Every client’s situation is unique. QRG attorneys carefully craft estate plans tailored to the objectives of our clients. We start with a thorough assessment of your family, assets, and other relevant aspects of your life before we even begin preparing documents. We provide sophisticated solutions to complex estate and tax planning issues, employing advanced estate and tax planning strategies to minimize our clients’ tax implications while accomplishing the goals of our clients. QRG helps with estates of all sizes.

Your plan might include a combination of the following types of documents:

  • Wills
  • Revocable Trusts
  • Financial Powers of Attorney
  • Medical Powers of Attorney
  • Advance Health Care Directives
  • Bypass or Family Trusts for Surviving Spouses
  • Qualified Terminable Interest Property (QTIP) Trust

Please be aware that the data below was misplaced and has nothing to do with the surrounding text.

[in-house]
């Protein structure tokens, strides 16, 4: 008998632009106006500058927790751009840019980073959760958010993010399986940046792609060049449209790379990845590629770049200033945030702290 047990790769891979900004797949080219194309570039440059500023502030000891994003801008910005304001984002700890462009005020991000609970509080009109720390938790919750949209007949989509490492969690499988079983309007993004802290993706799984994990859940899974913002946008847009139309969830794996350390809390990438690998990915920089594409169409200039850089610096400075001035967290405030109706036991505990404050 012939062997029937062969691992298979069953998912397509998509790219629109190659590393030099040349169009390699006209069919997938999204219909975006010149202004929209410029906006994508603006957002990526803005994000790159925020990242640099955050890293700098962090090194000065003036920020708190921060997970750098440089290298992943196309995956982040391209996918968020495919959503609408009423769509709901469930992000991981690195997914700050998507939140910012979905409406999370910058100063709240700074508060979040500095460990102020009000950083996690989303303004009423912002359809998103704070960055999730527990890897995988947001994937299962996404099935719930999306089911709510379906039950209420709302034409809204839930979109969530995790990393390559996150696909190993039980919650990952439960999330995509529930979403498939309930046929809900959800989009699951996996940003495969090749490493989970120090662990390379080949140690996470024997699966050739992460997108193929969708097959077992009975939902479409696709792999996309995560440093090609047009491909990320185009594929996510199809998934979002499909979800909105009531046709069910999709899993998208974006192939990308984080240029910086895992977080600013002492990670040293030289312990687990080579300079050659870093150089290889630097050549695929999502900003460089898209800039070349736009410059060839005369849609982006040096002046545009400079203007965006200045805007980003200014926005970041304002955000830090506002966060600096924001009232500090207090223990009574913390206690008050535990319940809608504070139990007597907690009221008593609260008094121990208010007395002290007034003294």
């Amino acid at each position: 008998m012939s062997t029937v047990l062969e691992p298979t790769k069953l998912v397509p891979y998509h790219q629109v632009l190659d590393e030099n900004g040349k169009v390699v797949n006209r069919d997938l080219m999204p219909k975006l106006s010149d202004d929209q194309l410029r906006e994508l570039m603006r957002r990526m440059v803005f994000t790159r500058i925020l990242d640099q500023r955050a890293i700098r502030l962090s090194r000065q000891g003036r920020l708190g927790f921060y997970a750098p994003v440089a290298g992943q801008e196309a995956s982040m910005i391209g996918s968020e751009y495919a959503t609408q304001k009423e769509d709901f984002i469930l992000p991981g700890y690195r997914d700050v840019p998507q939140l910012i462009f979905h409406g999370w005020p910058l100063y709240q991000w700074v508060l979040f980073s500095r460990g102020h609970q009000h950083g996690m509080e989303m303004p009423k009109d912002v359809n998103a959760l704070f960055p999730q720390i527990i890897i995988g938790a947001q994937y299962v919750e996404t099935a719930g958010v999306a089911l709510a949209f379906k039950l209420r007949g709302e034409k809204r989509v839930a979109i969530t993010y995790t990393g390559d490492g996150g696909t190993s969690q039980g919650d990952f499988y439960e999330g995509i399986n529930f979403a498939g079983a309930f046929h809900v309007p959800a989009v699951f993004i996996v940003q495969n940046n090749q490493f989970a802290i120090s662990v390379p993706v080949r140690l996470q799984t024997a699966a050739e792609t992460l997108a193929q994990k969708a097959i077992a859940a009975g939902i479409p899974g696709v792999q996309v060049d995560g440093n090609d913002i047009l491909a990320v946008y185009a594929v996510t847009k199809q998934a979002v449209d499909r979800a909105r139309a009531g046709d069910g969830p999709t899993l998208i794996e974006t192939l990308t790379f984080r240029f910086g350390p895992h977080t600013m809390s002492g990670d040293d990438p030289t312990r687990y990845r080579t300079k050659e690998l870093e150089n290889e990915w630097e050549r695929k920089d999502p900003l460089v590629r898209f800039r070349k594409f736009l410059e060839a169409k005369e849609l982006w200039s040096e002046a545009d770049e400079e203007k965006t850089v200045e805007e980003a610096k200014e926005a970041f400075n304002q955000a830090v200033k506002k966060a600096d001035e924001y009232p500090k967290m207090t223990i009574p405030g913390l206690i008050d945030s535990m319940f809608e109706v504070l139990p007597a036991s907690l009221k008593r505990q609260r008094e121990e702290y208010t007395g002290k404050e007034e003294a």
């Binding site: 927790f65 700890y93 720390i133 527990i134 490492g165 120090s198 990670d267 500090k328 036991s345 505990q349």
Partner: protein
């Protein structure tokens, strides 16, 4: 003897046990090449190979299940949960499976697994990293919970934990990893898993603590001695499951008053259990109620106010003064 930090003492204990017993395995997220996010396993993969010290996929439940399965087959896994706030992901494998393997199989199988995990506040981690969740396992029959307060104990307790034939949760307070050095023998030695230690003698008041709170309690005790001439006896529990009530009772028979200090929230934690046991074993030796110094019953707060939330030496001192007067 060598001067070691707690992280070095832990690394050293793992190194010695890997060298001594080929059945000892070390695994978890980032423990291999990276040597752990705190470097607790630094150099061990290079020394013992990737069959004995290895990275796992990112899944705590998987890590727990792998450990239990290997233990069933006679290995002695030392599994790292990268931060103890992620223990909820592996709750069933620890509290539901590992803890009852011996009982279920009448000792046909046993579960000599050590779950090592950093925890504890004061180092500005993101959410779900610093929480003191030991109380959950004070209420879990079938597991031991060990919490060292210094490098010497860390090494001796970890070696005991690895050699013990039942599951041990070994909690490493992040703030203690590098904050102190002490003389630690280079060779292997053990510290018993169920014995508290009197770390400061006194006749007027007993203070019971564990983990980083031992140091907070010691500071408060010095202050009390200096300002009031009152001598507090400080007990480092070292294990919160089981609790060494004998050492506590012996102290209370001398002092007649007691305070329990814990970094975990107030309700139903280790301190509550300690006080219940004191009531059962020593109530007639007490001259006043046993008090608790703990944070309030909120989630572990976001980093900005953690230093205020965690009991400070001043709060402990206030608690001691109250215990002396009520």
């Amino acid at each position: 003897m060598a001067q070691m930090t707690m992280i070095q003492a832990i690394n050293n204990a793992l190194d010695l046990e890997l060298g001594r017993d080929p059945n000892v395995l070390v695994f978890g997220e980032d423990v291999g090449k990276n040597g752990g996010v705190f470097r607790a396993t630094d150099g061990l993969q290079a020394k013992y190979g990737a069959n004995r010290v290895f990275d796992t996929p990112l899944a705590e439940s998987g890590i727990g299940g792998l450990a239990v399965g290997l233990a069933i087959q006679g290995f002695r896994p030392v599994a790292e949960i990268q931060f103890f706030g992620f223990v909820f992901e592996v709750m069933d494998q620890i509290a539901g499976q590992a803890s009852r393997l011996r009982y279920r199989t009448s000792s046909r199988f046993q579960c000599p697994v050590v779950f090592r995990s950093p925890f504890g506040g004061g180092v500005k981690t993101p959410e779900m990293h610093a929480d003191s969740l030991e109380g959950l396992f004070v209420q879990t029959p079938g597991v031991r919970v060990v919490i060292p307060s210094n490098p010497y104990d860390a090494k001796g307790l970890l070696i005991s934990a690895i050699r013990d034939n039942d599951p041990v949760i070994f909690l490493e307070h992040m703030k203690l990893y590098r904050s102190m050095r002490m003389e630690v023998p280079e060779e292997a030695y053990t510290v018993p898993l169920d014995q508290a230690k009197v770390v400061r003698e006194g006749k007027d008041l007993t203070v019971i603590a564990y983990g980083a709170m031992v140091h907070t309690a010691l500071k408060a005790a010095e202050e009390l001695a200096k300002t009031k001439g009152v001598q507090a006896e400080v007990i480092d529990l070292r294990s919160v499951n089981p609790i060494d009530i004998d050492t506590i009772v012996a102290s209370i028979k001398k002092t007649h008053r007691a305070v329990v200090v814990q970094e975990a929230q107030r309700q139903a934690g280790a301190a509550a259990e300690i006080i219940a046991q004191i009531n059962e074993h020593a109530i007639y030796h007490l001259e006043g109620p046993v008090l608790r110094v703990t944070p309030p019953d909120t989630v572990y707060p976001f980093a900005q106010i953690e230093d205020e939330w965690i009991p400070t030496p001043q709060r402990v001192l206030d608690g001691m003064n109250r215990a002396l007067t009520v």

• Generation Skipping Transfer (GST) Trusts
  • Irrevocable Life Insurance Trusts (ILITs)
  • Special Needs Trusts
  • Pet Trusts

Business Succession Planning

Our lawyers are sometimes brought into the planning process when a family member is retiring from the business and wants to explore business succession planning options. We formulate tax saving strategies for the sale of a business, including Buy/Sell or Stock Purchase Agreements, and utilizing advanced planning techniques such as gifts of fractionalized interests.

Asset Protection